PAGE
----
Most dentists agree that while mouthwash can help keep your mouth healthy, it is not a necessary ingredient in your oral hygiene routine. The best way to protect against cavities and gum disease is to brush your teeth twice daily, floss regularly (once a day), and have your teeth cleaned every six months. Using a mouthwash does have benefits, though. For one, mouthwash can wake you up in the morning, make your breath feel fresher, and help prepare you mentally for your day. There are medical benefits, as well. Some mouthwashes strengthen enamel, while others treat mouth infections.

The following is a list detailing the different types of mouthwashes available today. Some categories overlap, but speaking in general terms, there are three kinds. Each is suited to a specific function, so your individual needs should be first on your mind when considering which to buy.


This first category of mouthwashes only disguises bad breath by making your breath smell fresher. These do not provide any medical benefit and you should not use them to protect against cavities or prevent gum disease. While they do help keep your teeth clean, they do not actually reduce your risk of tooth decay.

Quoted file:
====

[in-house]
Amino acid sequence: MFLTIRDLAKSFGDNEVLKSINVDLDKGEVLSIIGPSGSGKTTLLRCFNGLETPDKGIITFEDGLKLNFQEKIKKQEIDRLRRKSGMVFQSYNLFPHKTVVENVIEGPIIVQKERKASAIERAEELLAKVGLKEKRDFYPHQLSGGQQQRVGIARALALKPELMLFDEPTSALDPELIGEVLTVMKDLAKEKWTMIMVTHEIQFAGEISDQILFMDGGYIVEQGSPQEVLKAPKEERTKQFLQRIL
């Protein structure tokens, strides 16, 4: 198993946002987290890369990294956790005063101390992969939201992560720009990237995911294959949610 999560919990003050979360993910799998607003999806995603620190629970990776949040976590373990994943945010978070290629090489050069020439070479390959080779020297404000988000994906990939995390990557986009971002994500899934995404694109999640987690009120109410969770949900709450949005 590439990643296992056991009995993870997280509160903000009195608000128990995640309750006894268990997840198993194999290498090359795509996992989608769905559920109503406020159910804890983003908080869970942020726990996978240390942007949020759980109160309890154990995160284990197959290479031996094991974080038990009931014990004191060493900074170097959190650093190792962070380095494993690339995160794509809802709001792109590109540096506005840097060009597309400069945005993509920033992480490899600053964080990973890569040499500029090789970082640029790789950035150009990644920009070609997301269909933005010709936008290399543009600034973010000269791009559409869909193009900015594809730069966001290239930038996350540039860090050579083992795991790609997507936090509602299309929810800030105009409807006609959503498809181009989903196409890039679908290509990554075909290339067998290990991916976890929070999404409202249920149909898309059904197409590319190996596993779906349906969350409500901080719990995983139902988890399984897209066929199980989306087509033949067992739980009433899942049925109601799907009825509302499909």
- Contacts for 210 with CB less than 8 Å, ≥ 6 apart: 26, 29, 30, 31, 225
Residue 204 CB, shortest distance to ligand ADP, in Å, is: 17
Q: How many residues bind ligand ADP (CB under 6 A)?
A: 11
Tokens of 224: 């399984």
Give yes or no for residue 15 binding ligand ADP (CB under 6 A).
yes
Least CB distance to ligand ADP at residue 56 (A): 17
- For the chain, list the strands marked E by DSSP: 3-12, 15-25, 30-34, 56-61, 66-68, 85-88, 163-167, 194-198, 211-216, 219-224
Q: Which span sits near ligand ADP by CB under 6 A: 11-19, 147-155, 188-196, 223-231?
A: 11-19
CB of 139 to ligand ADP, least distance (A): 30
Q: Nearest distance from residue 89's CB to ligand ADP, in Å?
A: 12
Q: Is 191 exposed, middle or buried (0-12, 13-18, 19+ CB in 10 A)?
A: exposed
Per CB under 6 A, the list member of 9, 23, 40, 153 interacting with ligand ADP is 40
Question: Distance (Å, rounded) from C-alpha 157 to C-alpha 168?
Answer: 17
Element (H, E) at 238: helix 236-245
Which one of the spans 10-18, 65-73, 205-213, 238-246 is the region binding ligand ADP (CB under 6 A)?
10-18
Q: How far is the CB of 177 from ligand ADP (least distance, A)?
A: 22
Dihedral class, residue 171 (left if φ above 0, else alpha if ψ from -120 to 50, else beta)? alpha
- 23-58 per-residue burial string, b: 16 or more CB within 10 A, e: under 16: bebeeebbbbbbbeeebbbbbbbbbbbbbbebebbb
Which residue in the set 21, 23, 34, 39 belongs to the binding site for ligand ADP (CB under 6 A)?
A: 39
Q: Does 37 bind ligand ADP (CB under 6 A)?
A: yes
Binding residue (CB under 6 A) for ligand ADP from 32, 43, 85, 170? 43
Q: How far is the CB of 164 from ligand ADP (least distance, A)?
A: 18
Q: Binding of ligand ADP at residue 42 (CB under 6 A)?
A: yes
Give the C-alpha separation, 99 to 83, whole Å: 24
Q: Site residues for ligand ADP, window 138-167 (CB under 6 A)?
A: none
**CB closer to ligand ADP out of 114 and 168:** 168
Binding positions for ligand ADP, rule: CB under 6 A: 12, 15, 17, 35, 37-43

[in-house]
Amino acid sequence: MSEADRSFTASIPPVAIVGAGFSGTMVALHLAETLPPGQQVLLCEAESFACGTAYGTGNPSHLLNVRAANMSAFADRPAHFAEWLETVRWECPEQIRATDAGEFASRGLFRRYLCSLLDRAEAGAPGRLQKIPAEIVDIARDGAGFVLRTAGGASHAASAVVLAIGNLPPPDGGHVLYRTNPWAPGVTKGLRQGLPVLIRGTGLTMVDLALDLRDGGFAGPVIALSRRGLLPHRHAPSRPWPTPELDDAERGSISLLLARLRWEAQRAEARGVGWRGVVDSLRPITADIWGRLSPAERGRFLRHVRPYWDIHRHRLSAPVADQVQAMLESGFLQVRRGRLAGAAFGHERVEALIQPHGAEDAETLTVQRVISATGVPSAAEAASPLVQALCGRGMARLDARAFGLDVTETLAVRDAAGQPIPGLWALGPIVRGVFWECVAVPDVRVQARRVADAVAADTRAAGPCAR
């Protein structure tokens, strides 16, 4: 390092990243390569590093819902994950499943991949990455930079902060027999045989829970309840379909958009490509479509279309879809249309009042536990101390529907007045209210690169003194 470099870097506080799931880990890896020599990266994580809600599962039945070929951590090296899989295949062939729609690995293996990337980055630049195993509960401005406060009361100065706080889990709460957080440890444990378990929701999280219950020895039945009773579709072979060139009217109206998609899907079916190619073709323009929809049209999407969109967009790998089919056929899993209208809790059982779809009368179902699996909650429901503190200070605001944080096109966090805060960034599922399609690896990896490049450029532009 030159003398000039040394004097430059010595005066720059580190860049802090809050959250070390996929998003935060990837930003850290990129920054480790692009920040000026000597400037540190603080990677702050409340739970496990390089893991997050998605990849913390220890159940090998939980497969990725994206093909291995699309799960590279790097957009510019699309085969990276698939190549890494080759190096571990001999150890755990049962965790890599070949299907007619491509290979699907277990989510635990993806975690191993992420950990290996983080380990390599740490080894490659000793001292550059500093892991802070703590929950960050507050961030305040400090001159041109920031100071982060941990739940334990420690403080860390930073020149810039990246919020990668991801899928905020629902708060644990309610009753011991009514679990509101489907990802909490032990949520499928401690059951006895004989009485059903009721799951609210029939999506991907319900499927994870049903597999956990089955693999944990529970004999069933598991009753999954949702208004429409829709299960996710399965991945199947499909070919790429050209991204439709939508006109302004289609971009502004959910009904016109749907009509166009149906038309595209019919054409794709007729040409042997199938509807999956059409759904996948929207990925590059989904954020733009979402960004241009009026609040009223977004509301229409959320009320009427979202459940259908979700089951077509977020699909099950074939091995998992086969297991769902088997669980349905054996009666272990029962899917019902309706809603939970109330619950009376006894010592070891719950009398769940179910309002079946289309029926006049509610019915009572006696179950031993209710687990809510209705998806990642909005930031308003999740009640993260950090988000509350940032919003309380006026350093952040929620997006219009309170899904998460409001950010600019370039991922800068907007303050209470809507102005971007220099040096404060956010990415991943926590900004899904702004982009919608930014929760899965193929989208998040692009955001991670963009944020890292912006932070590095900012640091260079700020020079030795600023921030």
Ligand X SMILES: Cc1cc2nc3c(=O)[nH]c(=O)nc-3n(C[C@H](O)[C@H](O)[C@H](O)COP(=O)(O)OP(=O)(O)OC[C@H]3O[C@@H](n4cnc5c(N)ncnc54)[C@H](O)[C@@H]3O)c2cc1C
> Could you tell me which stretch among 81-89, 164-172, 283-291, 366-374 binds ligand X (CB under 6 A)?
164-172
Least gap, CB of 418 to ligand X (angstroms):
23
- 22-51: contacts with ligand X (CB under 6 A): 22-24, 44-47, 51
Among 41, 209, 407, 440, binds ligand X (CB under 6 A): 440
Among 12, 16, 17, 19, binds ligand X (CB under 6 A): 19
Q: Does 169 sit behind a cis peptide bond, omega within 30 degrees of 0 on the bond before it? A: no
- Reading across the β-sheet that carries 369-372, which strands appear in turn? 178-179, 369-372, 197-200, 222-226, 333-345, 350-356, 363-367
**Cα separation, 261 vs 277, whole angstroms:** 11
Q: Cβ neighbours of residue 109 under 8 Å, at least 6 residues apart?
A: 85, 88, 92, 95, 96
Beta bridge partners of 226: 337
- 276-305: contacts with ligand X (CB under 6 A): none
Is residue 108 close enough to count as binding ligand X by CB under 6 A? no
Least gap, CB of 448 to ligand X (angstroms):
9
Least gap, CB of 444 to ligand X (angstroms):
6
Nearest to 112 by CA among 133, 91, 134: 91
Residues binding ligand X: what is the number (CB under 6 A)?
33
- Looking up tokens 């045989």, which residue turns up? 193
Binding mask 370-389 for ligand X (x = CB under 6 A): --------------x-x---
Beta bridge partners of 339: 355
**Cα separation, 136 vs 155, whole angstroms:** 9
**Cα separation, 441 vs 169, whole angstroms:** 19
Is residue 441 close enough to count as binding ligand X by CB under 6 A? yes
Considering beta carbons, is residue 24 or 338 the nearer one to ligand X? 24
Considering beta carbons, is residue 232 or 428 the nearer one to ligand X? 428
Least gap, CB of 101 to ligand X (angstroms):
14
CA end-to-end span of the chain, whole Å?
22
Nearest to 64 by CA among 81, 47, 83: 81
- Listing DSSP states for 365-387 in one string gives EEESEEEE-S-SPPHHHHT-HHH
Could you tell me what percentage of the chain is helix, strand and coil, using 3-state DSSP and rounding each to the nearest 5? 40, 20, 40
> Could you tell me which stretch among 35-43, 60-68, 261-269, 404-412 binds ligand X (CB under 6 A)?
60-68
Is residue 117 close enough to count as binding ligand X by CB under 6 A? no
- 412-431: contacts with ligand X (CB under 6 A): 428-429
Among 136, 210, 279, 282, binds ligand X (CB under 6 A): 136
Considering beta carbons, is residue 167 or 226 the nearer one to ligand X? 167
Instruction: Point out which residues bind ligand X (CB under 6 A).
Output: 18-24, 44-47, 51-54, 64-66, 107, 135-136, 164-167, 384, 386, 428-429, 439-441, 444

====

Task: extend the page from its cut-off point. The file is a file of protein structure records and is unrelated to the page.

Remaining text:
Fluoride mouthwashes strengthen the enamel of your teeth and do actually help prevent cavities and reduce your risk of tooth decay. This is due to the fact they contain sodium fluoride, the chemical often found in treated water and toothpaste.


Unlike cosmetics, antiseptic mouthwashes can actually treat patients with bad breath, because they contain a chemical called chlorhexidine gluconate. Used to treat mouth infections, this chemical simply stops the growth of bacteria. Antiseptic mouthwashes also help defend your teeth against the buildup of plaque, although results are limited. You should avoid overusing this type of mouthwash as high levels of chlorhexidine gluconate can cause discoloration of teeth, as well.

Mouthwash and Oral Cancer

There is one other thing you should know: Many brands of mouthwash contain alcohol levels as high as 25 percent. Because alcohol contributes to oral cancer, many studies have linked alcohol-rich mouthwash to the same disease. Some even argue your chances of oral cancer increase by four or five times if you use mouthwash with high levels of alcohol. An increasing number of alcohol-free mouthwashes not linked to cancer are available on the market today.

Call Us Today

If you have any questions about mouthwash or wish to schedule an appointment with one of our doctors at Riverside Dental Group, please contact our office at (951) 689-5031.